Emmanuel Macron has emerged as undisputed king of the French center ground after he agreed to forge an alliance with François Bayrou, the veteran centrist politician against conservative and far-right rivals.
The pro-European progressive, Macron, a 39-year-old former economy minister, is now a frontrunner to become France's next leader and will draw fresh strength from Wednesday's announcement of a potentially vital alliance with veteran centrist Francois Bayrou, who decided against mounting a rival presidential bid.
Bayrou acknowledged that Macron was in a "bit of a difficult spot" yesterday as he spoke about their alliance aimed at ending the post-war lock on France's politics enjoyed by mainstream parties. "The feeling he had, I think, was that it was an important moment for him, but not only for him, for changing the political life of France," Bayrou told RTL radio.
Macron's unforeseen rise illustrates the difficulty in forecasting this year's two-stage election on April 23 and May 7 which is being widely watched by governments and investors around the world.
Polls currently show anti-EU far-right leader Le Pen winning the first round with around 25-28 percent of the vote, but losing in the second round where she needs more than 50 percent. The ultimate winner is therefore currently seen as Macron or Francois Fillon, the long-time favorite and conservative candidate for the right-wing Republicans party. But the unstable international background -- from Donald Trump and Brexit to the surge of right-wing nationalists in Europe -- is mirrored by an anti-establishment and angry mood in France.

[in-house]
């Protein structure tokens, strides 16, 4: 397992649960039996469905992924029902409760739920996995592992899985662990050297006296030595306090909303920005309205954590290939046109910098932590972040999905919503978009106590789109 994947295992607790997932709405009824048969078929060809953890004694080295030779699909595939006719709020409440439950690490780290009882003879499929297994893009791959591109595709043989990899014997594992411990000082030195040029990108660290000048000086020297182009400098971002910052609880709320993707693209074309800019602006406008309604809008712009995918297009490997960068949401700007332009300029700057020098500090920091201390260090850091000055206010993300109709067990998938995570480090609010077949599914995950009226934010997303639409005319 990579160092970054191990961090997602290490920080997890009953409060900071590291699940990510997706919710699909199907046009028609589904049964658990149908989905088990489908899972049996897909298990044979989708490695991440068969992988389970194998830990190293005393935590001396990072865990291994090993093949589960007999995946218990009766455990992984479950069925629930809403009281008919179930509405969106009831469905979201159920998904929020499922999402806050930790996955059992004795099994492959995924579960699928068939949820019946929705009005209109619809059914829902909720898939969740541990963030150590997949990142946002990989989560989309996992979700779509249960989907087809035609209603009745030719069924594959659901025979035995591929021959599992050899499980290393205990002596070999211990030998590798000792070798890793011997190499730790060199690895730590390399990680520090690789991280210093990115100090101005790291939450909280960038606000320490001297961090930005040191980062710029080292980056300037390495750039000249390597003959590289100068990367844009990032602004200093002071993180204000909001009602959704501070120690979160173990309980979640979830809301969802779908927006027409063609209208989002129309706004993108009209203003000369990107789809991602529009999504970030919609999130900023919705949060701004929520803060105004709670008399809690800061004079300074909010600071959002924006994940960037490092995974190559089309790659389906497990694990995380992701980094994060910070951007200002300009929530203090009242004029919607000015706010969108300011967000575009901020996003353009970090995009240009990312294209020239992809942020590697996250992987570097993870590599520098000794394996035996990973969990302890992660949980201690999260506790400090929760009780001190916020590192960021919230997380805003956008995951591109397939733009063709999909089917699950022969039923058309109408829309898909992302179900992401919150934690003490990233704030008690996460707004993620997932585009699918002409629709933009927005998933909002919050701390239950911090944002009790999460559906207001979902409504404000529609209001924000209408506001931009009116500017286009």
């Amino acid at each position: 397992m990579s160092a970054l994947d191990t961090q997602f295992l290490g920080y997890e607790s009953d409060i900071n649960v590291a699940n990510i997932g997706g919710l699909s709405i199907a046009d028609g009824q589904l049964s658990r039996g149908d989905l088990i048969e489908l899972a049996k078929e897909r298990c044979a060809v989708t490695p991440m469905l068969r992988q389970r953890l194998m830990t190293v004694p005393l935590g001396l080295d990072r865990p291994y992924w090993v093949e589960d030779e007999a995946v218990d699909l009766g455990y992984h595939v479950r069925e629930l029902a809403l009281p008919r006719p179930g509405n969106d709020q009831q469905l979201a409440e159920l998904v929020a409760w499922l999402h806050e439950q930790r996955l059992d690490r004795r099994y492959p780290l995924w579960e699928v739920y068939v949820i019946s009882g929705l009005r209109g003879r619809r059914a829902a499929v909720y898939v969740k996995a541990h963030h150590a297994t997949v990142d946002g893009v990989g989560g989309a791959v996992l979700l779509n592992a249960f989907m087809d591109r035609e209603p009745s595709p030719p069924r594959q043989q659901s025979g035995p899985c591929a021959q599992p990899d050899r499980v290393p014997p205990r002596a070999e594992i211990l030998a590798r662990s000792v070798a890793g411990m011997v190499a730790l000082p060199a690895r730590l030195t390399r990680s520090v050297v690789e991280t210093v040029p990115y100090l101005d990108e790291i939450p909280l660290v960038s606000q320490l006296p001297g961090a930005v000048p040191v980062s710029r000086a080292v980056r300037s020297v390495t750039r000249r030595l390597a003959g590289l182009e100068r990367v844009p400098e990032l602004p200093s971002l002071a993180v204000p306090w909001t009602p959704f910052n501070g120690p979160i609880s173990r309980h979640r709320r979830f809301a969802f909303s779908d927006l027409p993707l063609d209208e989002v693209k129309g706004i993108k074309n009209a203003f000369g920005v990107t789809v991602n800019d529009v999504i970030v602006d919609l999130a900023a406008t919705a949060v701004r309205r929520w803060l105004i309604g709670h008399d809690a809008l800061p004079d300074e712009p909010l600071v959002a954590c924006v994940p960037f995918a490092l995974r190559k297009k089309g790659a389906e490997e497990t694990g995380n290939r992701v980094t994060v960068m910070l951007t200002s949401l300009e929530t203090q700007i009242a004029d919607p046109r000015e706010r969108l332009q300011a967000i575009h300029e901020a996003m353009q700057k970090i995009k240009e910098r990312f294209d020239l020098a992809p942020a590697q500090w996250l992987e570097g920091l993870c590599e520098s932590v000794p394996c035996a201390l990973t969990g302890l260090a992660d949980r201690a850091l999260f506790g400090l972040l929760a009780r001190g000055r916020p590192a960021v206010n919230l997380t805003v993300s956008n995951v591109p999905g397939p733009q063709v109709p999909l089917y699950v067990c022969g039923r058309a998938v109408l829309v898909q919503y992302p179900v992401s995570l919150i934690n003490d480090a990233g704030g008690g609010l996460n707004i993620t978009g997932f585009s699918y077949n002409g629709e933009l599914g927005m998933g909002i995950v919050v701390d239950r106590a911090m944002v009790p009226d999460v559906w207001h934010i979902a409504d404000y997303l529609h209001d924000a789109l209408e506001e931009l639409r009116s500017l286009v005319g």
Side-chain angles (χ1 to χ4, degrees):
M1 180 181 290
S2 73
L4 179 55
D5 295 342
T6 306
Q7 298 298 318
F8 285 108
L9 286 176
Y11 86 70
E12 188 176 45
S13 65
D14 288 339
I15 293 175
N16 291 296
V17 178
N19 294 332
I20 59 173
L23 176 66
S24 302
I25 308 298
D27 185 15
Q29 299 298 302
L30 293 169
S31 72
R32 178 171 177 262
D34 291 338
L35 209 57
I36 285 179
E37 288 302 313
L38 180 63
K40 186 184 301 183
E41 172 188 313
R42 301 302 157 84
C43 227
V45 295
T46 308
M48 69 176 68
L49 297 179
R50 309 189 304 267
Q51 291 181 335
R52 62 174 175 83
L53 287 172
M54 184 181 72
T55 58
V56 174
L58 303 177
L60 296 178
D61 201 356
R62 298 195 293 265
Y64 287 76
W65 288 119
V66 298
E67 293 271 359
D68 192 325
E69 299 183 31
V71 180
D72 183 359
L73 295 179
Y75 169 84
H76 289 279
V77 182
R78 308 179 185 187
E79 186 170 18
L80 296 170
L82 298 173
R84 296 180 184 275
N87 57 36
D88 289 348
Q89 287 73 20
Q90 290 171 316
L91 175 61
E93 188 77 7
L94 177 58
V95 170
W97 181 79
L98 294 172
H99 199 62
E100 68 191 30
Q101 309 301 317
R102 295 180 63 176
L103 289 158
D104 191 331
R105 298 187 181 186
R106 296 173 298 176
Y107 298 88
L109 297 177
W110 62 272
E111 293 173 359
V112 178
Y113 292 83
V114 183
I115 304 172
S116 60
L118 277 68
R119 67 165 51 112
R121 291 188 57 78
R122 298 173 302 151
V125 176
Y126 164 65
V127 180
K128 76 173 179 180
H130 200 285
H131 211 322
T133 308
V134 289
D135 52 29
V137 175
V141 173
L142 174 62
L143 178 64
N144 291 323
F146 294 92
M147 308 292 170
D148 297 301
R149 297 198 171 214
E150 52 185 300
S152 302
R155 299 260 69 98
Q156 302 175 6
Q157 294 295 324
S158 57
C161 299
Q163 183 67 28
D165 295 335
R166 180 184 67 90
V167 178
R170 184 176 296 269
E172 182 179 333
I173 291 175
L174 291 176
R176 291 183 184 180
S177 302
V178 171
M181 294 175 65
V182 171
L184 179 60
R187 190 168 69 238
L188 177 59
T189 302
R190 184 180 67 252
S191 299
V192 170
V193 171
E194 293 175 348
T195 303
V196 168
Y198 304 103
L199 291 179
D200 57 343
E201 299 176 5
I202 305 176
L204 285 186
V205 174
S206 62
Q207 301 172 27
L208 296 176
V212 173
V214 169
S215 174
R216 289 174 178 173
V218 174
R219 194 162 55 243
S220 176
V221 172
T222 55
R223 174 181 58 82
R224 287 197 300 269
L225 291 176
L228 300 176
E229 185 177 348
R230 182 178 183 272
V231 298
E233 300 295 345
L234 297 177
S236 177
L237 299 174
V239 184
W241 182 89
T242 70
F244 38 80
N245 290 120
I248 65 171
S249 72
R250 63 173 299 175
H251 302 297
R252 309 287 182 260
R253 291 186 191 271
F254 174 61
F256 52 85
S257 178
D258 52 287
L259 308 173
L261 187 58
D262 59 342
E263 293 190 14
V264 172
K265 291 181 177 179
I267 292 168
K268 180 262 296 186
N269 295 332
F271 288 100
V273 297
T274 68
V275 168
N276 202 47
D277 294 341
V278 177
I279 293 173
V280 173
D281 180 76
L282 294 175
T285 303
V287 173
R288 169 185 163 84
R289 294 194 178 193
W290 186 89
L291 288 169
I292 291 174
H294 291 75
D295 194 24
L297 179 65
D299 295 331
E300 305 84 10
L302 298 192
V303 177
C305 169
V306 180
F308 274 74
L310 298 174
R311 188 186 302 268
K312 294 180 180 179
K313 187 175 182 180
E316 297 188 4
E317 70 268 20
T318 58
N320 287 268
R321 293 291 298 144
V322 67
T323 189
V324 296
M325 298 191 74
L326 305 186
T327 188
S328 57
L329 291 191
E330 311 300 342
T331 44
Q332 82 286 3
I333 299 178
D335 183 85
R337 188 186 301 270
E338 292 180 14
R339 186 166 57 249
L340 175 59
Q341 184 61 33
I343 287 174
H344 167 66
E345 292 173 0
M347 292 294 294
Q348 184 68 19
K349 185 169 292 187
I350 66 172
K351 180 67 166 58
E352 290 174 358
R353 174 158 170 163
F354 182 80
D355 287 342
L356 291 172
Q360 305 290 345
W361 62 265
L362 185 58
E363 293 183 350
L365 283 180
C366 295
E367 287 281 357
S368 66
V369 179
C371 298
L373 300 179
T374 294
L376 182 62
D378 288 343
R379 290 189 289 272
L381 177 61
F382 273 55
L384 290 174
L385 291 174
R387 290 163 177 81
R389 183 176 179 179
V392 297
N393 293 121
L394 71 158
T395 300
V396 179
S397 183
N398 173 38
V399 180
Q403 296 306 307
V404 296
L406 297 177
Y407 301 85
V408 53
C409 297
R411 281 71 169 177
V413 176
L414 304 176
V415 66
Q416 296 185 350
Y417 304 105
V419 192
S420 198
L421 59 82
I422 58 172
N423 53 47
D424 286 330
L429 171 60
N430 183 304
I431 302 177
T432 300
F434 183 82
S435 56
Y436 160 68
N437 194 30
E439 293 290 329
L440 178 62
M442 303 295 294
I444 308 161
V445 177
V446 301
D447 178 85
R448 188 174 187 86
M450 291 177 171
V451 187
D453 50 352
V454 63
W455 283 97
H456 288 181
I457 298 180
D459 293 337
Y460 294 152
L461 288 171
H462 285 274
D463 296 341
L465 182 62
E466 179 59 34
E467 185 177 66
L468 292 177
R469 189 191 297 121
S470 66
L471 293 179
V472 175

Unpopular Socialist President Francois Hollande decided not to run for re-election in December after a five-year term marked by a series of terror attacks and high unemployment. Both the Republicans and the Socialist parties overlooked the most obvious candidates when choosing their nominee in primary votes.
A leftist alliance would make Macron's route to the presidency more difficult, but he could still -- thanks to Bayrou's decision -- claim to be the only centrist in the race. His platform -- which critics say is still too vague -- is more pro-business and reform-minded than his leftist rivals who have large tax-and-spend programs. He is also instinctively pro-European and is at ease with multiculturalism in France, whereas Fillon and Le Pen have both railed against the threat to French identity posed by Muslims in particular.
But Macron remains inexperienced, having served only two years as an economy minister and the same amount of time as a political advisor to Hollande. He was forced to backtrack last week during a visit to Algeria where he talked about France's 130-year colonial rule there as a "crime against humanity," leading to fierce attacks from his rightwing rivals.
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